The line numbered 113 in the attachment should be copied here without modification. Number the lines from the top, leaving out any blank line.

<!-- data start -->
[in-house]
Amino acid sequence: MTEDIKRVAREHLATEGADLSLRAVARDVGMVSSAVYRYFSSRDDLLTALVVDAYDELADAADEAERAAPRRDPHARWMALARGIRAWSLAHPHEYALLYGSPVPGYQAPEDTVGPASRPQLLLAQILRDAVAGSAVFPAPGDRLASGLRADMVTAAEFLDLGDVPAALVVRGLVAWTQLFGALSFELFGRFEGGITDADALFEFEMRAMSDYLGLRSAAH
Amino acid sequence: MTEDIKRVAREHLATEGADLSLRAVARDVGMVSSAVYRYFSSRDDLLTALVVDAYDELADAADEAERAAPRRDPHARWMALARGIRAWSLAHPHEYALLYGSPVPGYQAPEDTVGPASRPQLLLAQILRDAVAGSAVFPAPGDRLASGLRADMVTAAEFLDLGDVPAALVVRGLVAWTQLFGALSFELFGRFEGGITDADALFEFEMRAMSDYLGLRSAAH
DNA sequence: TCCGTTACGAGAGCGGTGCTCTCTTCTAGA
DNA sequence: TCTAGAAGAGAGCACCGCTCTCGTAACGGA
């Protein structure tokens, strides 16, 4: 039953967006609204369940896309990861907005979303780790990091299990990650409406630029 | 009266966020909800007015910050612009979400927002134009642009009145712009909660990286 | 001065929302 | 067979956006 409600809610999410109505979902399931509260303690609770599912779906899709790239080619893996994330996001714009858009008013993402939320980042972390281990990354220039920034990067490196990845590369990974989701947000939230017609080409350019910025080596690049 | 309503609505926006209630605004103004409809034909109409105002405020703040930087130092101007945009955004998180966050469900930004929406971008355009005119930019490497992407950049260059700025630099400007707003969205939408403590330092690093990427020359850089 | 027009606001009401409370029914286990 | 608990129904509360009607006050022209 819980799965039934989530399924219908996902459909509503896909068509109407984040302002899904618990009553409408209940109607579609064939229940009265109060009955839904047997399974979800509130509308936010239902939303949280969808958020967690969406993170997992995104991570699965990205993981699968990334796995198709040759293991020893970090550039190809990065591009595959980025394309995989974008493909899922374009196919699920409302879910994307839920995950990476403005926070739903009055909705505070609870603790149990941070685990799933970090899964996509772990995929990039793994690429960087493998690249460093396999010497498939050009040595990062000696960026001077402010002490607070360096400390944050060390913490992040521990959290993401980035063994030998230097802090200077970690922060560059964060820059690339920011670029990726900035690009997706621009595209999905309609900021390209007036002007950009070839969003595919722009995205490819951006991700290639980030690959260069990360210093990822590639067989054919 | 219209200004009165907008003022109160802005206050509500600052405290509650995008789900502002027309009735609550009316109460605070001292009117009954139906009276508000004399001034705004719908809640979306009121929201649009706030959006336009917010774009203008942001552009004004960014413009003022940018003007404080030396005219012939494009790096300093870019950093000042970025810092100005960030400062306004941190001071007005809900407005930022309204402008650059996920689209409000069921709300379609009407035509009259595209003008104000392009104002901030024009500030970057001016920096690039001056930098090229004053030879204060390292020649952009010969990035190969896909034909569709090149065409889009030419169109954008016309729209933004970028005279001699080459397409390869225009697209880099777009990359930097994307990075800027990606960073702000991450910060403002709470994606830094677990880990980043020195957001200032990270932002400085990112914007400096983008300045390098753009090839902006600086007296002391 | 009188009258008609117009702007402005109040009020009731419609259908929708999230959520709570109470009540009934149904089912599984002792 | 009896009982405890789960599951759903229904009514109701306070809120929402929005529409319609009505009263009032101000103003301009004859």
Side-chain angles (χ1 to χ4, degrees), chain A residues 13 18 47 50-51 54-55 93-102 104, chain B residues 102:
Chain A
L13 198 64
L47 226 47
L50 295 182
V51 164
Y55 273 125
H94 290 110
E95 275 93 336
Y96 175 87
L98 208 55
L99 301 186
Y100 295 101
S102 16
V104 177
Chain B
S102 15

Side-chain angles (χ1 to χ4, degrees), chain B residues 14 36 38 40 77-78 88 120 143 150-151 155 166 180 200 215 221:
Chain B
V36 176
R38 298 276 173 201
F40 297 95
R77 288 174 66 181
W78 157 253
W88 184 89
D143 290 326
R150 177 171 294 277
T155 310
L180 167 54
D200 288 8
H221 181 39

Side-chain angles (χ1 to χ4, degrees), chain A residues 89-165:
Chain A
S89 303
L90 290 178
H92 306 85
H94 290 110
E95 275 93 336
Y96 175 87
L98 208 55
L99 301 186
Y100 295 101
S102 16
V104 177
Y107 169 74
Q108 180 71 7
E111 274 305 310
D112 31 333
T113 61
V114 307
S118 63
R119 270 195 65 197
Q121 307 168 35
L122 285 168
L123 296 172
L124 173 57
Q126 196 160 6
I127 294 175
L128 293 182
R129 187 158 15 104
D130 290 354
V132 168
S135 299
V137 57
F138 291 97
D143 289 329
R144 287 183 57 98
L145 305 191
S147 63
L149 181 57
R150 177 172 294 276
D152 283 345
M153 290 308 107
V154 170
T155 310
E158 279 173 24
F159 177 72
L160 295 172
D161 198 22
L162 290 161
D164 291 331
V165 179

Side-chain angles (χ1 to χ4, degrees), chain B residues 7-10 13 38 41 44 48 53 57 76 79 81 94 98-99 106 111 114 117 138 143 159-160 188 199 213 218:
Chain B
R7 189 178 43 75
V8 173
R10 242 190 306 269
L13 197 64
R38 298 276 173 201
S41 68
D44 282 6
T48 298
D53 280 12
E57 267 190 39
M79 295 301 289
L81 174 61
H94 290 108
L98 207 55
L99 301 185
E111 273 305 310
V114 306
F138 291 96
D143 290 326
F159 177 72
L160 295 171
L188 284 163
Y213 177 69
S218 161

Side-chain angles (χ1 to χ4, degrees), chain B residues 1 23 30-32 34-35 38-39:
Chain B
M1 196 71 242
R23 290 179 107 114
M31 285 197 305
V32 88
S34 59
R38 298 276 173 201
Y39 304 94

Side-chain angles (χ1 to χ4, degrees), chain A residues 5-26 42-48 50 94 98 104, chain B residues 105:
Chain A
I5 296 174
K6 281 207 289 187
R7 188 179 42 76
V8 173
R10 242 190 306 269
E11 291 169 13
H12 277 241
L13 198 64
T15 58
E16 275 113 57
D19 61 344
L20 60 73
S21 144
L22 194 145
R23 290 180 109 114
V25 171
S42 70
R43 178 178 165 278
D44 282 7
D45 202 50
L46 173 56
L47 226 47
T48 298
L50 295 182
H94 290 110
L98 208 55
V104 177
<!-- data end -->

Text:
Y213 177 69